In Susan Glaspell’s turn-of-the-century short fiction turned play, two seemingly innocent and air headed housewives turn murder mystery case crackers, all behind the backs of their law-enforcement husbands. The case? The murder of a man by his wife. The detectives’  wives, in all their knowledge of the inner workings of a woman’s mind as well as the workings of her home, appear as juxtaposition with their husbands lack of attention to significant detail (i.e the dead canary, the murderess’s love for knot tying) in search of more materialistic, simplistic evidence. As stated in Suzy Clarkson Holstein’s article “Silent Justice in a Different Key: Glaspell’s ‘Trifles'”: the play offers an “[exploration of] the fundamental difference between the women’s actions and the mens, a difference grounded in  varying understandings of the home space”. Throughout the play, the women discover clues about the motive of the murderess by analyzing clues left behind that leave hints of her emotional state. The snapped neck of her favorite bird-an act committed by her distant husband- is the motive for the murder, the women decide. The strangling of the bird, as stated in Karen Alkalay-Gut’s criticism ‘A Jury of Her Peers: The Importance of Trifles’: “The fact that Minnie strangled her husband because he strangled the bird indicates to Mrs. Hale that Minnie understood her husband’s action as a symbolic strangling of herself, his wife. It is not just because he killed the bird, but because Minnie herself was a caged bird…and he strangled her by preventing her from communicating with others”.

The significance of the women’s acceptance and concealment of Mrs. Foster’s guilt is capitalized on at the end of the storty. Because the women hide Mrs. Foster’s guilt, it makes it clear that they accept the actiosn that she committed as reasonable, and their hiding the evidence from their husbands goes against the stereotypical “devoted housewife” of the time. Although the men look for materialistic clues (fingerprints on the rope, a sign of a struggle) the women go inside the killers mind, as do many of the great detectives of today. The women demonstrate that they are ahead of their time in their thinking, reversing the roles by putting themselves in the place of power by knowing more than their husbands. But in the end of it all, who really wins? The husbands by continuing their mindset of being the most powerful and intellegent or the wives by discovering the truth and keeping it to themselves?

Redrum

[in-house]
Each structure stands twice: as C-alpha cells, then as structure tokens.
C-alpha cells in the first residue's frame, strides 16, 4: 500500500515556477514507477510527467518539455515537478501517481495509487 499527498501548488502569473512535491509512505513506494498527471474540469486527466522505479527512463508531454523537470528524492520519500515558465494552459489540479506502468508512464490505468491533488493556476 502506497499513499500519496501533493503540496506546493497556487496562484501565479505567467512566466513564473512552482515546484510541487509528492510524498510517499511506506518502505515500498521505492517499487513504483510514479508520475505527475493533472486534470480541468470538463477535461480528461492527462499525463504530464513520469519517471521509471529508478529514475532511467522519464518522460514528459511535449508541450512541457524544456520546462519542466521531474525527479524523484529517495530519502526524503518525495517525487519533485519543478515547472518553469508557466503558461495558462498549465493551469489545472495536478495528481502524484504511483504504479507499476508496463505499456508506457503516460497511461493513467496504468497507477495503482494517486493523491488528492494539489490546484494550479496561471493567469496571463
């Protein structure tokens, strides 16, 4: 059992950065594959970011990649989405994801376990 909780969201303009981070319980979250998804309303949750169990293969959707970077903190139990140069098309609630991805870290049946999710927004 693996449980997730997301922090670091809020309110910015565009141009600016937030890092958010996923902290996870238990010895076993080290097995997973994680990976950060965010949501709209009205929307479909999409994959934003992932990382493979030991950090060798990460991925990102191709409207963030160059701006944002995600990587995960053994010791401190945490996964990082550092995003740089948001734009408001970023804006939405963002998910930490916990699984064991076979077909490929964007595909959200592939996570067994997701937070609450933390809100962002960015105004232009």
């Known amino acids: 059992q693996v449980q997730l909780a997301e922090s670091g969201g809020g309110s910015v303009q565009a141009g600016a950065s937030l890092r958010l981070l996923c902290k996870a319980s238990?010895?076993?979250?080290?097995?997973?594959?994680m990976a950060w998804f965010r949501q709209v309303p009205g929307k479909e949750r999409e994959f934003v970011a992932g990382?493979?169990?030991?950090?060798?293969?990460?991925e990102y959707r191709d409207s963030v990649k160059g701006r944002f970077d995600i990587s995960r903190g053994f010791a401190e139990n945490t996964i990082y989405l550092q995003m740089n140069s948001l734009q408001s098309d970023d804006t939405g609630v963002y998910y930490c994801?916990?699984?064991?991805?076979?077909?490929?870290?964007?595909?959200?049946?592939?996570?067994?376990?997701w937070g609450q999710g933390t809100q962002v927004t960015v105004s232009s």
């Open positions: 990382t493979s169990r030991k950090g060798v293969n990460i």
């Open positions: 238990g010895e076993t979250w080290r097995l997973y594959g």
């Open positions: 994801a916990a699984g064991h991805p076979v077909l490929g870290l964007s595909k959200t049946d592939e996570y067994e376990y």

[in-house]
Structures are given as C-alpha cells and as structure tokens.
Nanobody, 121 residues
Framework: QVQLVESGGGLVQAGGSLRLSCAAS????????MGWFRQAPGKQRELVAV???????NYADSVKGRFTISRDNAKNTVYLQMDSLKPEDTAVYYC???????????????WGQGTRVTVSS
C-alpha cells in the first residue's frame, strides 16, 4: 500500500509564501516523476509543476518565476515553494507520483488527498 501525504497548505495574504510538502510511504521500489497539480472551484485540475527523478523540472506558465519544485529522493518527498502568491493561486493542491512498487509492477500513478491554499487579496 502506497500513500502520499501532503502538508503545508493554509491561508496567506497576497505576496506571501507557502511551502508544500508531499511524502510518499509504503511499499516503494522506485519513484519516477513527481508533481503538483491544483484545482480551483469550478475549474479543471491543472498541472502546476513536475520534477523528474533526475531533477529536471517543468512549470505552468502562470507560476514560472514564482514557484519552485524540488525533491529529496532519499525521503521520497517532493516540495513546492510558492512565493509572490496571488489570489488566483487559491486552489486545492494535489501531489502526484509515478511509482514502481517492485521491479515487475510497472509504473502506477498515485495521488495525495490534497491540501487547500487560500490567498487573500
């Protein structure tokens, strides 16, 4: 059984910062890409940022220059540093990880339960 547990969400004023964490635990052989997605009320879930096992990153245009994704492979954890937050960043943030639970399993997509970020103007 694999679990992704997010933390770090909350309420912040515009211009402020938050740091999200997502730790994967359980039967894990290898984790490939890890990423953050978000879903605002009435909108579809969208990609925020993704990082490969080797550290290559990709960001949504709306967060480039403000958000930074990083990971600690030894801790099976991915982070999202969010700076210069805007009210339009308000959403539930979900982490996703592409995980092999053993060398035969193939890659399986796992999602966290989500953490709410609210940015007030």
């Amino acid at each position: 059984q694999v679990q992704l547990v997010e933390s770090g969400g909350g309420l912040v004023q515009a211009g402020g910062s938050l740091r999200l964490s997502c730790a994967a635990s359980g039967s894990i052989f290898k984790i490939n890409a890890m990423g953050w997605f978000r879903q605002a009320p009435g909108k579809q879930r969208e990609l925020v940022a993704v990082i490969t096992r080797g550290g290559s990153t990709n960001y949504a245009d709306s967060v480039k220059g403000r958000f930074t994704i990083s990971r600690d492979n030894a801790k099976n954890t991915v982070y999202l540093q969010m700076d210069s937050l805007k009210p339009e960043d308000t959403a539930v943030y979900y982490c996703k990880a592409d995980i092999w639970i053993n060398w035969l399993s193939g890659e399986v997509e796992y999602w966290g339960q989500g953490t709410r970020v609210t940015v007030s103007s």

*****THIS IS MY SECOND TIME WRITING THIS. COUNT IT. SECOND. SCREW WORDPRESS*****

Jane Eyre starts out, as any reasonable novel would start out, by introducing us to our characters and our setting. Gateshead, the setting, is a dreary mansion owned by the widow Mrs. Reed. Because the day is so gloomy at Gateshead, the inhabitants are stuck inside to occupy themselves. One specific occupant, our main character-Jane Eyre-is spending her time hiding behind the curtains of the library  drowning her sorrows in the pages of a book. Can’t really blame her. This is where her evil family comes in. Her cousin, John, comes in and yells at her for reading the book in the first place. Because Jane is an orphan and at the house out of the charity of Mrs. Reed (John’s mother), he believes that Jane has no right to read the books that he owns. I don’t like John very much. He’s ugly and a bully. Anyway, John then gets violent and chucks the book at Jane’s head. Naturally, Jane fights back and, just as Jane is about to whoop John, two servants come to the rescue. Well, kinda…they drag Jane and John away to *dun dun dunnnnnn* Mrs. Reed. So Mrs. Reed is basically the evil stepmother of the Jane Eyre story. Something crawled up her butt and died a long time ago. She blames Jane for the tussle and has the servants drag Jane away and lock her in the red room as punishment. Let’s talk about the red room, shall we? Basically, the red room (which sounds like redrum if you say it really fast. The shining reference anyone?) is the room in which Mrs. Reed’s husband, Jane’s uncle, passed away. Locked away in there, Jane spends her time thinking and feeling sorry for herself. In her distress, she thinks she sees a ghostly figure in the mirror and she is then reminded of the fact that, while on his deathbed (the same bed she’s sitting on….#awksandkindacreepy) her uncle made his last command to his wife: for her to treat Jane as one of her own. Which she clearly is not doing. Jane then starts to freak out and panic, believing the spirit of her uncle to be returning to avenge her. I don’t know why she’s freaking out, its not like he’s going to hurt her. But anyway, Jane freaks out and passes out cold. When she wakes up, she ‘s in bed and the doctor is there. She and the doctor have a nice long chat and he presents Jane with the idea of attending school to get away from the treatment of her aunt. Jane considers this. Very. very. hesitantly.  (at this point I was shaking the book and shouting “TAKE THE OFFER!! YOU’LL GET OUT OF THE HOUSE AND AWAY FROM YOUR AUNT YOU STUPID BIMBO!!!!”). In the end, Jane takes my advice and agrees to go to the school. You’re welcome.  Jane and her aunt go to visit the school Jane is supposed to attend, which is called Lowood. There they meet the principal/headmaster/dean/owner of Lowood, Mr. Brocklehurst. Another character for me to hate. He’s a real jerk, to be blunt. He almost immediately goes off at Jane about religion. Mr. Brocklehurst is basically really really religious, and not the good kind. Jane’s aunt all to readily leaves and Jane is all alone at Lowood. Oops.